The Solution


So. Where do we go from here?


We know the problems (or at least most of them):


  • Nutria Herbivory
  • Competition from Entangling Vegetation, and
  • Nutrient Deficits


We also know the solutions:


Protect young seedlings with PVC pipe.

In our initial research we used Tubex sleeves to protect the baldcypress seedlings.
For the most part, they worked just fine. These manufactured tubes are designed to
biodegrade in approximately five years, at which time we felt that the trees would
be large enough to withstand the gnawing of nutria. Obviously, even after five years,
this tree wasn’t large enough to withstand gnawing, nor was the tube actively biodegraded.
This led to the idea of using longitudinally split PVC sewer pipe which offered several
distinct advantages:

They could be re-affixed to the trunk (to adjust for changes in diameter) as the saplings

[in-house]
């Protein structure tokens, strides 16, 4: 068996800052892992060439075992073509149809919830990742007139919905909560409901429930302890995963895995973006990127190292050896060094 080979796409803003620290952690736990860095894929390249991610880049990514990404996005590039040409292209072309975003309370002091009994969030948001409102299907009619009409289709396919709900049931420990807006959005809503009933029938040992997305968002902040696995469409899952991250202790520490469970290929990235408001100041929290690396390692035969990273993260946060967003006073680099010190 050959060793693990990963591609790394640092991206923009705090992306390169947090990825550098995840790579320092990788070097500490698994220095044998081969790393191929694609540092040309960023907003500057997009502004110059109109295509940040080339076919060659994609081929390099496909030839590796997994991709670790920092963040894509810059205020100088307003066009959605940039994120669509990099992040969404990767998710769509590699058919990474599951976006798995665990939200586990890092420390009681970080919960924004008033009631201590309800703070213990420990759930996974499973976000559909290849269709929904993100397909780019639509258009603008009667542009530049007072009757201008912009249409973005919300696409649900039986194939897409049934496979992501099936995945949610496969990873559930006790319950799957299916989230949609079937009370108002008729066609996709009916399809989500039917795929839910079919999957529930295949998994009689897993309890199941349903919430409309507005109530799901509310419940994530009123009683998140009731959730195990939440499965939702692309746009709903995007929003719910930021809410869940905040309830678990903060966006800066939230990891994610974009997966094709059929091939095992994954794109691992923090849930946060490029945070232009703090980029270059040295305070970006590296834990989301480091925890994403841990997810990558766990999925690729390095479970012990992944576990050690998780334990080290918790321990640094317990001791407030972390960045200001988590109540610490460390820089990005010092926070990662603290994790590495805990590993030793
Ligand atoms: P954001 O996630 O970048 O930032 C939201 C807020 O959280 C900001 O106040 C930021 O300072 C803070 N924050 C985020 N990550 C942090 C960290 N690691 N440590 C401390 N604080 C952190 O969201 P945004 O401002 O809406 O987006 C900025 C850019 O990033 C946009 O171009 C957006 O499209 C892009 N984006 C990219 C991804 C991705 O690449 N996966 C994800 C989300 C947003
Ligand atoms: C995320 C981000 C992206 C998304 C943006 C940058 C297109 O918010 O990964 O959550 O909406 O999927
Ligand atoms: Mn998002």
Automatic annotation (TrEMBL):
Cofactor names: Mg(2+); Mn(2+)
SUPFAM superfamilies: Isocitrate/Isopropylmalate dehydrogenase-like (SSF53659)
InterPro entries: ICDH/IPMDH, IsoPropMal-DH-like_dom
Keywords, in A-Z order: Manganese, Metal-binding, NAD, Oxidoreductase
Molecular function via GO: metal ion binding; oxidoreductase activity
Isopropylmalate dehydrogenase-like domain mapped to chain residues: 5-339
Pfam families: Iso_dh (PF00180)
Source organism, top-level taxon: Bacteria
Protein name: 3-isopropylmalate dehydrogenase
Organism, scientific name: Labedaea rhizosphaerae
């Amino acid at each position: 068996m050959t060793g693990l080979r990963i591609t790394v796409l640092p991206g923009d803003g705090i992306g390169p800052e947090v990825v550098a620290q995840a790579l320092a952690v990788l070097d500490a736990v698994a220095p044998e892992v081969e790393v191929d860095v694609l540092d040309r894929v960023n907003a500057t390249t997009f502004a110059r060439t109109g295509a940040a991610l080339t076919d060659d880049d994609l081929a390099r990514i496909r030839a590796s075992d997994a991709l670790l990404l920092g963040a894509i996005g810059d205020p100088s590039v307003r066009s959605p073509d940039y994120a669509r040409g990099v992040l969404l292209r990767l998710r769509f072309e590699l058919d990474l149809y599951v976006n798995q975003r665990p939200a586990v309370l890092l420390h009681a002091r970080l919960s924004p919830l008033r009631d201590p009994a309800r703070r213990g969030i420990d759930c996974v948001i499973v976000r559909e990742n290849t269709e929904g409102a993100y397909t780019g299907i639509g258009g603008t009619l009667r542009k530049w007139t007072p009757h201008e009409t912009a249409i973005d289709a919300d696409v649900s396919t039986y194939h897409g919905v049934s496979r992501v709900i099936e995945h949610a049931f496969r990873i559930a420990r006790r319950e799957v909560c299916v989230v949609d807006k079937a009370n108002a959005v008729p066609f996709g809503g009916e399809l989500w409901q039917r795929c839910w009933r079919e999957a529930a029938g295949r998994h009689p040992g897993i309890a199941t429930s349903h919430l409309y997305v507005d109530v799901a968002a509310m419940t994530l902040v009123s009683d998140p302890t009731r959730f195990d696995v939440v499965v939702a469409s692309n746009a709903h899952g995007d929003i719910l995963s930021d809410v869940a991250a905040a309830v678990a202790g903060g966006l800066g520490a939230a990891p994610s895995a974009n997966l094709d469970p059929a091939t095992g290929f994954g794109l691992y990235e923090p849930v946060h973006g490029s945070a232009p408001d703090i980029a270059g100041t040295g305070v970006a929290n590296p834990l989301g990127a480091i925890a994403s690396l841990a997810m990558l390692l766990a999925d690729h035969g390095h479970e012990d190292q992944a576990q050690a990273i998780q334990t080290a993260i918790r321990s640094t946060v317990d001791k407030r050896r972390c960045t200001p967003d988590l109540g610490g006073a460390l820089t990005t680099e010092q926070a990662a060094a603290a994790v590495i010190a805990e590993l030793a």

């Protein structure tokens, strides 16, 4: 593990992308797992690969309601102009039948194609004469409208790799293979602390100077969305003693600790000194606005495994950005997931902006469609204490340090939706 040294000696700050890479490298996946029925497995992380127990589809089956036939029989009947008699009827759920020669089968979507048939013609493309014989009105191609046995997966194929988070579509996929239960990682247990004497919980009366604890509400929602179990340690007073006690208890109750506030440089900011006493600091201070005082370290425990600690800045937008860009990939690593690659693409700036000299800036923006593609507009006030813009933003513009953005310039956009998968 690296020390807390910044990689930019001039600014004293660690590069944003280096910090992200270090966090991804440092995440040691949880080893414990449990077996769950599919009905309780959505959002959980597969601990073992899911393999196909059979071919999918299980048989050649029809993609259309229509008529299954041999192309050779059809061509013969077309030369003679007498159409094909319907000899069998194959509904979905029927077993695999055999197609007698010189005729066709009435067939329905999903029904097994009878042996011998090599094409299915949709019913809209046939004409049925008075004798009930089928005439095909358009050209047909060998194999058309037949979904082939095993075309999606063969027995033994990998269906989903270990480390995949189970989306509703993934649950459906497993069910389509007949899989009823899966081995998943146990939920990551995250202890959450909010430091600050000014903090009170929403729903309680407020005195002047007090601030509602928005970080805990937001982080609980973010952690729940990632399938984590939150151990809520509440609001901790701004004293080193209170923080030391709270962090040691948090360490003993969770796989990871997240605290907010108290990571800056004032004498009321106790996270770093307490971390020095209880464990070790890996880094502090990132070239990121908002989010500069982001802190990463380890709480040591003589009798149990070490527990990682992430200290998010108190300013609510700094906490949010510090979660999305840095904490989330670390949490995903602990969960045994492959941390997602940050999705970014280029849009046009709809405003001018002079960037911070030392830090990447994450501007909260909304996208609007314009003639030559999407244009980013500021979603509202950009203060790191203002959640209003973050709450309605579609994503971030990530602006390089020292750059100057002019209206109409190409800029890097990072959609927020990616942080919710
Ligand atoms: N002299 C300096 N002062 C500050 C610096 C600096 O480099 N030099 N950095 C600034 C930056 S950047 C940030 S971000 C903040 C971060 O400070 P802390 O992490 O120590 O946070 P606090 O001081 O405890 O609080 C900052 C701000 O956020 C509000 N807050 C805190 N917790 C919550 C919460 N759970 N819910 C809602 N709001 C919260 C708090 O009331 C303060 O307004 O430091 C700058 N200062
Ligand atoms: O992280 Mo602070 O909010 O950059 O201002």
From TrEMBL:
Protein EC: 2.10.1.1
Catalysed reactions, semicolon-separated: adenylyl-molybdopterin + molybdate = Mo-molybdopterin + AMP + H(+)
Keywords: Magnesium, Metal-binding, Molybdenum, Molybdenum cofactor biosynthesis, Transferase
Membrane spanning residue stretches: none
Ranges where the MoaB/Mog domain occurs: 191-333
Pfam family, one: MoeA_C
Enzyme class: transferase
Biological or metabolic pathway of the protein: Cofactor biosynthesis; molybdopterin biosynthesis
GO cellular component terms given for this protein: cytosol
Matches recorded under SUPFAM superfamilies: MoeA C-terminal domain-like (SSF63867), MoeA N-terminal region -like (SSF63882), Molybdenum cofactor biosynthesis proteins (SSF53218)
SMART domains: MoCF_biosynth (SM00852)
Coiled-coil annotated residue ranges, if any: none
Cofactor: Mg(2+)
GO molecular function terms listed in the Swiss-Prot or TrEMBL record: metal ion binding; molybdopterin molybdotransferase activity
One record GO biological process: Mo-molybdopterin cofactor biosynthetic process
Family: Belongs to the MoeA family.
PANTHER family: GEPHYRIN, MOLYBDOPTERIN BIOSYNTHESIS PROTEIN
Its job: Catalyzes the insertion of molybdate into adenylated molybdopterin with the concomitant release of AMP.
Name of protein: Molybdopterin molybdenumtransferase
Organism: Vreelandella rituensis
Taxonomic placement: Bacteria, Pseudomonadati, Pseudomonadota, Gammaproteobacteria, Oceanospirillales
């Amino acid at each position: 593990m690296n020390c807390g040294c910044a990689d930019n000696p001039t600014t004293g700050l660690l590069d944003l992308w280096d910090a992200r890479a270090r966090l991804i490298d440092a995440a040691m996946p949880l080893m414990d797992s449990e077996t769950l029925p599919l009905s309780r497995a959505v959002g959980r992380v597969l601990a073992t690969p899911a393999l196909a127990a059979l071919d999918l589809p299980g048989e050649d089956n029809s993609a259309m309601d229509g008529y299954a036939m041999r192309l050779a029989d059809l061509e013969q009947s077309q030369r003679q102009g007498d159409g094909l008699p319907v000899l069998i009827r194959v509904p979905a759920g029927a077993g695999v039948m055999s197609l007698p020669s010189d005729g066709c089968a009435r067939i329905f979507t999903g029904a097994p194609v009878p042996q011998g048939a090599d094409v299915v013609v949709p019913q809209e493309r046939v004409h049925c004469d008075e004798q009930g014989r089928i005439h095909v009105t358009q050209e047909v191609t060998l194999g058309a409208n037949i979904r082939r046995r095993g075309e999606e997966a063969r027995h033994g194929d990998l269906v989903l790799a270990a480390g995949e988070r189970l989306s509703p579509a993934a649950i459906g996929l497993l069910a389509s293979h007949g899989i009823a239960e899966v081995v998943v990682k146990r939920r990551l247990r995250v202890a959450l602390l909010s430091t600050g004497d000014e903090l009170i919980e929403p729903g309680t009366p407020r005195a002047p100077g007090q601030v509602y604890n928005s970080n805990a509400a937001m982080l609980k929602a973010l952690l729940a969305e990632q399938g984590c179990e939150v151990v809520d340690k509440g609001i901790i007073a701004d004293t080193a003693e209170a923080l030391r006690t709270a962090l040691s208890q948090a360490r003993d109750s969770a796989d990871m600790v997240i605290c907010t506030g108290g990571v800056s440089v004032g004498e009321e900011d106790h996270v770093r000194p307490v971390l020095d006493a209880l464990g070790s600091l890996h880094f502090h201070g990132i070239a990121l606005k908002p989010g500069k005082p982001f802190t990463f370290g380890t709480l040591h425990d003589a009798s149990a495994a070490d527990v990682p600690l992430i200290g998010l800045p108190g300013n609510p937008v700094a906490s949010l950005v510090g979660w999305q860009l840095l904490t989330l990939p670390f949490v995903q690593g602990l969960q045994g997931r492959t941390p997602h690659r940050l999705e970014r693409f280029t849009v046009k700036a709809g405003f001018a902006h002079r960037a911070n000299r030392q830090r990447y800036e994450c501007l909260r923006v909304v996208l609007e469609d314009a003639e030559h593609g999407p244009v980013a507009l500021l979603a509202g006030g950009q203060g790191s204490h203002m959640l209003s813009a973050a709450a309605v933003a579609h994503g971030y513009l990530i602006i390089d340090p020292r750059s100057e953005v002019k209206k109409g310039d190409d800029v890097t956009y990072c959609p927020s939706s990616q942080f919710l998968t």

grow to provide continuous protection. They can be recycled (or rather, reused) to
newer trees once the first tree reaches a refuge in size, and They’re cheaper! (Since,
as university researchers, we’re working on a strict budget, this is of the utmost
importance. Costs dropped from approximately $4.00 per treatment to only $1.80.


Use weed control mats.

Since managing by hand is not practical for large-scale restoration projects, a method
using nylon weed control mats was developed. These mats are cut into 1 meter squares
and affixed to the marsh surface using steel sod staples. The mats biodegrade within
two growing seasons in the marsh, an amount of time which seems to be sufficient to
give baldcypress trees the necessary boost to grow above entangling vines.


Fertilize one year and two year-old saplings.

One of the most important aspects of an ongoing restoration project is having large
numbers of trees in multiple age-classes available for experimentation. A direct result
of this kind of experimentation is the discovery that one year-old trees respond dramatically
and linearly to nutrient additions; two year-old trees respond well, although not
as markedly, and positive response falls off after the application of more than about
50 grams of fertilizer; and fertilizing three year-old trees is a waste of money (there
is no relationship between diameter growth and fertilizer levels).